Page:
Universal Audio Apollo MKII Desktop Interface
Function: Gets sounds in and out of your computer for recording
Price: $700 – $1300
Overview: It used to be that you needed an expensive studio filled with lots of gear to make a quality recording, but that has changed. Today, many of the top recordings in the world are done on devices such as the Apollo MKII. Which can be a bit hard to believe, but truly it’s just that good. There is a lot packed into one sleek and stylish box so let’s take a look at what all it does.
Specifics: First is the controller features. The buttons are straight forward, clearly labeled, and allow you to, as the name implies, ‘control’ important functions like volume and input level quickly.
Secondly, it makes the connections in and out of your computer. The Apollo MKII allows you to connect two inputs at a time, by using either the two connections on the back of the unit or by using the very convenient guitar/bass/instrument (Hi-Z) connection on the front to automatically take over input 1 without having to switch out cables. A handy ‘talkback’ microphone is also built into the unit. Sound can then be outputted to studio monitors, two auxiliary channels for use as an output to comparison studio monitors or as separate monitor mixes, and last but not least to a 1/4 inch headphone jack on the front with separate volume control.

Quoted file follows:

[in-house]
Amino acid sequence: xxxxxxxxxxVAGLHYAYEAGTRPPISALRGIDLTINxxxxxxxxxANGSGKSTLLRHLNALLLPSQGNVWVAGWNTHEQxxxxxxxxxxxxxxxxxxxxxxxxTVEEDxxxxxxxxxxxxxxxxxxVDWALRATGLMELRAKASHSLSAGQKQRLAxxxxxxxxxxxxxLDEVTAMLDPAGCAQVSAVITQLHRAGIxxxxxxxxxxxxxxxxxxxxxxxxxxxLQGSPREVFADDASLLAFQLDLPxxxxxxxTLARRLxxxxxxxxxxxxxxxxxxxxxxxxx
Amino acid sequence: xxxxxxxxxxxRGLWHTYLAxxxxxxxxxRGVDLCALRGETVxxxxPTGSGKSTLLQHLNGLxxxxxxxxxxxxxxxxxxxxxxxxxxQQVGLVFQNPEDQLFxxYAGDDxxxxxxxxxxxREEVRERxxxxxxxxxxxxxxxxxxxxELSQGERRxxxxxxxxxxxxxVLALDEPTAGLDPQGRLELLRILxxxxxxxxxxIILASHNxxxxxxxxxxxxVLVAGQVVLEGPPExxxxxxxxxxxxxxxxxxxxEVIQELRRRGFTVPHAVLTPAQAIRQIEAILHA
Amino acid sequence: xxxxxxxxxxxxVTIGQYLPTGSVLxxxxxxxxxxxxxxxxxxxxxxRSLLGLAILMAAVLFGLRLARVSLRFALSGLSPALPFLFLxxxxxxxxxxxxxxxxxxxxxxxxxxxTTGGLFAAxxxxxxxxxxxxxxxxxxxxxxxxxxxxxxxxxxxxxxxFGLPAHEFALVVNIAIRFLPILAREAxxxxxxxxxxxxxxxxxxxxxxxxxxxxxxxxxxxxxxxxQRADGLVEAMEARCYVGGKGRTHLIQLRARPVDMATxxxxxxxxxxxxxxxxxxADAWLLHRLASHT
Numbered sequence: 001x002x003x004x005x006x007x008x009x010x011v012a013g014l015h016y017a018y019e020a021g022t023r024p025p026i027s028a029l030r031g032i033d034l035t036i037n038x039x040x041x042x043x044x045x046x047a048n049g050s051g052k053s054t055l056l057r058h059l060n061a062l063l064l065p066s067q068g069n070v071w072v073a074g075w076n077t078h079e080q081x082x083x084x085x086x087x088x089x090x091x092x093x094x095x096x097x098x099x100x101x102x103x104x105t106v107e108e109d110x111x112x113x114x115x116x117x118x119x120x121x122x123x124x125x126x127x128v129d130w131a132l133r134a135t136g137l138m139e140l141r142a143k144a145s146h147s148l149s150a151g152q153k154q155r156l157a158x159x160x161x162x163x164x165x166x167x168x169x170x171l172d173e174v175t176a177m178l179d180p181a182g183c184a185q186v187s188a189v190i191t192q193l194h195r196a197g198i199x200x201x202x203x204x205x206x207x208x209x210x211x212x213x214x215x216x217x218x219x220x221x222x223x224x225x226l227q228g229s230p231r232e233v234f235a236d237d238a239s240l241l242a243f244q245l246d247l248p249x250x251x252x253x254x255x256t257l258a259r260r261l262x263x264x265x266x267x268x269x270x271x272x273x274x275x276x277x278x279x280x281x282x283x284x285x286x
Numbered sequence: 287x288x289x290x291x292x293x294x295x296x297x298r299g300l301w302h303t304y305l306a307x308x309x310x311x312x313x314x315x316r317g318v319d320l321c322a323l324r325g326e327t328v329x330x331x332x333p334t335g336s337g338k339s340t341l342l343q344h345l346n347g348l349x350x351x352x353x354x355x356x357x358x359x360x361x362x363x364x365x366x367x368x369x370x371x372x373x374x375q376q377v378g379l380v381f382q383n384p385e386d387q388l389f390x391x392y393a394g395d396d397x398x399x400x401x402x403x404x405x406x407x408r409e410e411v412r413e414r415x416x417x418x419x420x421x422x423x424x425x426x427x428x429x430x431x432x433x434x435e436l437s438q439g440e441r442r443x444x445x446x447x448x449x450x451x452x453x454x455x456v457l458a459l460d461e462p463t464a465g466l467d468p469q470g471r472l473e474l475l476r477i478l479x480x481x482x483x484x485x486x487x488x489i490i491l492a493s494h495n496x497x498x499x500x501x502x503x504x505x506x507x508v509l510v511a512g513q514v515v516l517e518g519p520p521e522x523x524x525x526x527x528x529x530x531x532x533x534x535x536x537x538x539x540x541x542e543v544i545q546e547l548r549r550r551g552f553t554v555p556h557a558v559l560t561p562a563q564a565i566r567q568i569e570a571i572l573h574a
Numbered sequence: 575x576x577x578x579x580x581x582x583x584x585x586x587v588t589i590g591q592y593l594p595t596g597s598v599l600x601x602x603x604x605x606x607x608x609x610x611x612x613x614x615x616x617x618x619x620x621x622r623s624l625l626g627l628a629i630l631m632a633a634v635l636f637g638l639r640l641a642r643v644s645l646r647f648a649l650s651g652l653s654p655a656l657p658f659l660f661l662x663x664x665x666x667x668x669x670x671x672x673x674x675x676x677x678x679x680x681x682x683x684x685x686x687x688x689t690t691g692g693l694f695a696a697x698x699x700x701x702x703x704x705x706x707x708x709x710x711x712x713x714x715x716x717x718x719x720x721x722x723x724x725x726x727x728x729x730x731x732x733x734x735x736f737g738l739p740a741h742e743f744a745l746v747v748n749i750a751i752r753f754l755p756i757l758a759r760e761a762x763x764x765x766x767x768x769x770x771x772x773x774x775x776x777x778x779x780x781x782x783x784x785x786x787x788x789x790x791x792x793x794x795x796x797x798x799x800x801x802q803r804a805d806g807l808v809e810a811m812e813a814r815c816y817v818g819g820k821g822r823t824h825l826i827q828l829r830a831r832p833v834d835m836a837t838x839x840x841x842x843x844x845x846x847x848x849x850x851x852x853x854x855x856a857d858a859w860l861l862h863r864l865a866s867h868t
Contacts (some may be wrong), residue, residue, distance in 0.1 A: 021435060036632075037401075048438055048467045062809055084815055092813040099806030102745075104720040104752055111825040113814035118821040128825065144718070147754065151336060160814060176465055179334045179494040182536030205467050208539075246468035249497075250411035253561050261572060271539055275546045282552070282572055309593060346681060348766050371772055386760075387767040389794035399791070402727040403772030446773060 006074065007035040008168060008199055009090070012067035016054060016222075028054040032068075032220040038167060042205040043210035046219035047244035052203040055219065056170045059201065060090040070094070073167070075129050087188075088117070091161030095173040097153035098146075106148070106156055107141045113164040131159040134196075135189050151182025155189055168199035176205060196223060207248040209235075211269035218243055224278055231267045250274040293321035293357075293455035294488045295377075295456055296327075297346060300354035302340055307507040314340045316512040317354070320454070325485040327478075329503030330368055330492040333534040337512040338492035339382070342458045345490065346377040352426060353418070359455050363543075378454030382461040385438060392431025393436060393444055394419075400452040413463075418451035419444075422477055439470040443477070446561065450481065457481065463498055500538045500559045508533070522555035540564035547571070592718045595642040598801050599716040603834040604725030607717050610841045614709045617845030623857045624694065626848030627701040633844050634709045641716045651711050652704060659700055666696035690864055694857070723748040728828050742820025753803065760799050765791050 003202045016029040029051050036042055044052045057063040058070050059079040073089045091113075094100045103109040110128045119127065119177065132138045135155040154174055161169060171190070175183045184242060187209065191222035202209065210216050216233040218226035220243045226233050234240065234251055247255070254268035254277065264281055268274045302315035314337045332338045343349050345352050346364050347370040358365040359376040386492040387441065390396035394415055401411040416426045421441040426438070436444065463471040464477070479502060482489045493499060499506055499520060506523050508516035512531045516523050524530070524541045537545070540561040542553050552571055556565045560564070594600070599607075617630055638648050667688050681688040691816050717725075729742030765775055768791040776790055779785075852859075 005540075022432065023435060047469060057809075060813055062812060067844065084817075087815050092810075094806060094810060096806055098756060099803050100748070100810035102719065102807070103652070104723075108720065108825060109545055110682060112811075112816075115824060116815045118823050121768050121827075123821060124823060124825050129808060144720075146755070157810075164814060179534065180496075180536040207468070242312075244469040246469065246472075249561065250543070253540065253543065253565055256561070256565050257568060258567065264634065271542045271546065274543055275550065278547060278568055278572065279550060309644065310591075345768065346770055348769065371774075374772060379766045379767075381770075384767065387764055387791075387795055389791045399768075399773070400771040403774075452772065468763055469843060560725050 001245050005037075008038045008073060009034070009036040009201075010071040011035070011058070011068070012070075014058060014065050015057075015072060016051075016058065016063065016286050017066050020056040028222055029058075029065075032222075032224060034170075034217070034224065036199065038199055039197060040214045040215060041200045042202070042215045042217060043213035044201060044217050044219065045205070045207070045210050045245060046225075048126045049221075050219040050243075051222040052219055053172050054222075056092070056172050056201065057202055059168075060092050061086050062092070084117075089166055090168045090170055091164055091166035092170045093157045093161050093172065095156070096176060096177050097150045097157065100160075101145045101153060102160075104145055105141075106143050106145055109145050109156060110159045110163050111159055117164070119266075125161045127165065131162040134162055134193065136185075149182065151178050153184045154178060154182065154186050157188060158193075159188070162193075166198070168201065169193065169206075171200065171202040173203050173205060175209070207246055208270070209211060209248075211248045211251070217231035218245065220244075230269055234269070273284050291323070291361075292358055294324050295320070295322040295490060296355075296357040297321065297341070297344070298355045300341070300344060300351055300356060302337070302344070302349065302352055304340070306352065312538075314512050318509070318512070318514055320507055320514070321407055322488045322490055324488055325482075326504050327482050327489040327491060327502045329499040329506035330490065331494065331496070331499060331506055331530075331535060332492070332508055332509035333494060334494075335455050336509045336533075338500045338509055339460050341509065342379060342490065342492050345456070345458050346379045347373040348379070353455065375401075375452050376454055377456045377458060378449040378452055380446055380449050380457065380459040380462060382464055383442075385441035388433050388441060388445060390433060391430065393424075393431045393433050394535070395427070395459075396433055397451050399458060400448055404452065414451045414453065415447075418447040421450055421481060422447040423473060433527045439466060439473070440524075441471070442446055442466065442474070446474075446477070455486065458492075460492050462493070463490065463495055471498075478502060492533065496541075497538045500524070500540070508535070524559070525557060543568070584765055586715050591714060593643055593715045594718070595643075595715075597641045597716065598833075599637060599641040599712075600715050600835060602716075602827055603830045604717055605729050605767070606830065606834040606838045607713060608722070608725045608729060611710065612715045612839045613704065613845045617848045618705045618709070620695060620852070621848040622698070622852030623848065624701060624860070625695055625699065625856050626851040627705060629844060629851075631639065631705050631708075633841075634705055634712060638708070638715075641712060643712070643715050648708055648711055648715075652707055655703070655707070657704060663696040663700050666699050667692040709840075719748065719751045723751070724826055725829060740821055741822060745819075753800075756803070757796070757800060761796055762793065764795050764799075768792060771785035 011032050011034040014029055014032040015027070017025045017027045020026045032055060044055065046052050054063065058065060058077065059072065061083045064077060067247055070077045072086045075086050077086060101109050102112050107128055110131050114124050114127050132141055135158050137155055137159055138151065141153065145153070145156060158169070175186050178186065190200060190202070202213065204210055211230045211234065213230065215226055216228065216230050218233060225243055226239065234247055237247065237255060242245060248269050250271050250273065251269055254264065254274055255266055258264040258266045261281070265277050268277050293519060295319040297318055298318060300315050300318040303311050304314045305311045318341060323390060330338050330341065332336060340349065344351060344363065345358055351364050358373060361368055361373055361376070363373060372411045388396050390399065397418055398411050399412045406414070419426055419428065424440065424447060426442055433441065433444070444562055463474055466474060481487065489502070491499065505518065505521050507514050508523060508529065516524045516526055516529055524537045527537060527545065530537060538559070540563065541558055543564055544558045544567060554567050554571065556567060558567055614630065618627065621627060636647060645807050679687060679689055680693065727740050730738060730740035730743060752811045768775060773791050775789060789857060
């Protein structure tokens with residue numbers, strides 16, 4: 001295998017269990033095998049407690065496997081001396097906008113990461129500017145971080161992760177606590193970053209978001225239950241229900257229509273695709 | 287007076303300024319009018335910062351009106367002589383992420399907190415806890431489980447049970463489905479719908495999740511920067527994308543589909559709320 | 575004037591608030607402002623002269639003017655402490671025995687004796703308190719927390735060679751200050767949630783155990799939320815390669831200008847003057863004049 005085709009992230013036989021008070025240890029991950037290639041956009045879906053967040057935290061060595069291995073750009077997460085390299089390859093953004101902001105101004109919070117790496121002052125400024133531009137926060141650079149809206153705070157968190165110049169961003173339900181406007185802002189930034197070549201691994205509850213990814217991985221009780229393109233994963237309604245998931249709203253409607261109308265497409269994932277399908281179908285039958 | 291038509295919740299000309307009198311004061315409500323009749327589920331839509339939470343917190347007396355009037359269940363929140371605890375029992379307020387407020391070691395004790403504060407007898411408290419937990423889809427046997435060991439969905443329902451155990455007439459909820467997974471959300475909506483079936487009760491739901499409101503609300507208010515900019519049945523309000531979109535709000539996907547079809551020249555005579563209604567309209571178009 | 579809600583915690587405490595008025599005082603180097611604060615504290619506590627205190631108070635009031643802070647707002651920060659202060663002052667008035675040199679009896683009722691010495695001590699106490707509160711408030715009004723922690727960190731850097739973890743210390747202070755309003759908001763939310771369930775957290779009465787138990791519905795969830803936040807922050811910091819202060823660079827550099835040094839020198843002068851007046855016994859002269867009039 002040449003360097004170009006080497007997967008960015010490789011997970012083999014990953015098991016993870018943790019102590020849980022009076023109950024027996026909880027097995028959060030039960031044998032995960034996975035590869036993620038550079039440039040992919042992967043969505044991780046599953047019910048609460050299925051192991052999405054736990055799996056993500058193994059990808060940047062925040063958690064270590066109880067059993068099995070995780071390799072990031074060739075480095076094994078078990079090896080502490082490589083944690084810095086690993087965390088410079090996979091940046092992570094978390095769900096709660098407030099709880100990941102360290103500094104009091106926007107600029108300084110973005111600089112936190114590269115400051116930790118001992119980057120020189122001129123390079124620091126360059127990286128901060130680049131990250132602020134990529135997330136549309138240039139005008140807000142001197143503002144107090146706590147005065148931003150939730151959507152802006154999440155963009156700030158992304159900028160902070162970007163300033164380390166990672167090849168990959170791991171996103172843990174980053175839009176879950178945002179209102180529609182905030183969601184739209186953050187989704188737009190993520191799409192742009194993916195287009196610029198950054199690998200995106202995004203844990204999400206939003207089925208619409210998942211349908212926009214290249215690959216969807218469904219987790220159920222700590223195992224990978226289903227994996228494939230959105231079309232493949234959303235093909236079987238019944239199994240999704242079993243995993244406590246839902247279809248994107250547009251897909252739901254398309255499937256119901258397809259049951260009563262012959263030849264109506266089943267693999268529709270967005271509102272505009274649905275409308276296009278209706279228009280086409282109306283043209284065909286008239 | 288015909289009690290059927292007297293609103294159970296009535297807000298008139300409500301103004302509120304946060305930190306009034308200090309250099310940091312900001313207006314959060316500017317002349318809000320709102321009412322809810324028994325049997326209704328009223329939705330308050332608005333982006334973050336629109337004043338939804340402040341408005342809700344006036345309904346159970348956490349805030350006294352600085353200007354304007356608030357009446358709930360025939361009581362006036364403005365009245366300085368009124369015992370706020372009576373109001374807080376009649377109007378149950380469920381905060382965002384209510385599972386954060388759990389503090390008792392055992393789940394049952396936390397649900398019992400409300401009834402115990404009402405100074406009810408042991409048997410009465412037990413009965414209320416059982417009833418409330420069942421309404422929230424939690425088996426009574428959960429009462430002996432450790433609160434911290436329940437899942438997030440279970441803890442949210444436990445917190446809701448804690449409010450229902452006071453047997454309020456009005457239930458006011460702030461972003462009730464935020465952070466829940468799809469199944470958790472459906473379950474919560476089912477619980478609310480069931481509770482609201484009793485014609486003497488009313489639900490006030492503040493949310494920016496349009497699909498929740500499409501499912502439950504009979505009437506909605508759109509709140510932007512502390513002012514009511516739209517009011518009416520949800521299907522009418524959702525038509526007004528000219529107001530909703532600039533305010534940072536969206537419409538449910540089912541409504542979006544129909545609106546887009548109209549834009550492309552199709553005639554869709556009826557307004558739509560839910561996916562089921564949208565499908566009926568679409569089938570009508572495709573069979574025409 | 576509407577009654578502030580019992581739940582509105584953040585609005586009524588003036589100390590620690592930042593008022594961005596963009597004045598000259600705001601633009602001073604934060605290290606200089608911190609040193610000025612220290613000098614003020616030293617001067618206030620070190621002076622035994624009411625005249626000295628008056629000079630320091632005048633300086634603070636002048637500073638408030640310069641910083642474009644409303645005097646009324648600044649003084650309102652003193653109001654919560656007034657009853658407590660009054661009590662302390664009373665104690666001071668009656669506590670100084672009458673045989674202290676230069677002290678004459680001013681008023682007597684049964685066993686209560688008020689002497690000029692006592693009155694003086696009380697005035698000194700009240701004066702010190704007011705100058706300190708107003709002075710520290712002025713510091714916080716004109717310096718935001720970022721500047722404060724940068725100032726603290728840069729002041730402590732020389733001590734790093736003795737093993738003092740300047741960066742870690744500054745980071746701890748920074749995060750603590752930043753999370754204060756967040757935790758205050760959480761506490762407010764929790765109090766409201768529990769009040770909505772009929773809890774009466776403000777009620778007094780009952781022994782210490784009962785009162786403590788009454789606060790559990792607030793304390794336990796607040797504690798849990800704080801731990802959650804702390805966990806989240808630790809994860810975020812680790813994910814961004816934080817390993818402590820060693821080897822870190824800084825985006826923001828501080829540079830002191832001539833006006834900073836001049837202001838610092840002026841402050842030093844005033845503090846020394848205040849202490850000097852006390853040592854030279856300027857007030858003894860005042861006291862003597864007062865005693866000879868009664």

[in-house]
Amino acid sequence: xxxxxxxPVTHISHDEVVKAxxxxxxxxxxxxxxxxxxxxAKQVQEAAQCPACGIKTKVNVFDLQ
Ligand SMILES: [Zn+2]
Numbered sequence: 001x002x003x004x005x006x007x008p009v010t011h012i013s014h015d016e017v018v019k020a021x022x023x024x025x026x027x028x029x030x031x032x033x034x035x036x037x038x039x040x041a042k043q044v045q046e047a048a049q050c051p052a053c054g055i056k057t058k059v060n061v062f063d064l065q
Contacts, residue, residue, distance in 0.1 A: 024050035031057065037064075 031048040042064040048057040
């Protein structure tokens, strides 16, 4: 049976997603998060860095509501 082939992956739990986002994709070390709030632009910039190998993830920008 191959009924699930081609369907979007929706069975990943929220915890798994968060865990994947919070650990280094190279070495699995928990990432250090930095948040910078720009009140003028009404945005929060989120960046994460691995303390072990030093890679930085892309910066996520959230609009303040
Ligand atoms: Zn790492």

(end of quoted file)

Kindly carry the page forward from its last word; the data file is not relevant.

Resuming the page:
Next, the conversion from Analog to Digital sound (or A/D conversion) is handled by software that will easily satisfy even the most demanding of audiophiles (sound nerds). Up to 24bit/196k.
Then, as you expect from one of the biggest names of industry standard recording gear the pre-amps are world class. Shockingly good.
Finally, what is less commonly understood about this unit is that it is also a Digital Signal Processor or DSP. Which simply means that it is also a computer that can take on some of the processing load necessary to run plugins (specialized software that extends the capabilities of your recording program). The difference in the number of DSP processors is what comprises the three different models available: Solo, Duo, or Quad. This feature, however, is limited to work only with UAD Plug-Ins which, as can be expected, are only available through Universal Audio. But as a bonus, a small pack of plug-ins is included in your purchase to help you get started.
Bottom Line: It’s just nice to work on projects knowing that you have the right gear. People who are doing any kind of recording or podcasting would be interested in this.
More: It’s a lot of high-quality features built into one box that is affordable, easy to use, small enough to be portable, and works on either PC or Mac.
Less: Installation is a bit tricky and the default mode of the software shows you every plugin that is available for sale and not just the ones you actually have. Annoying but not a deal breaker by any means. Also, a thunderbolt cable is not included.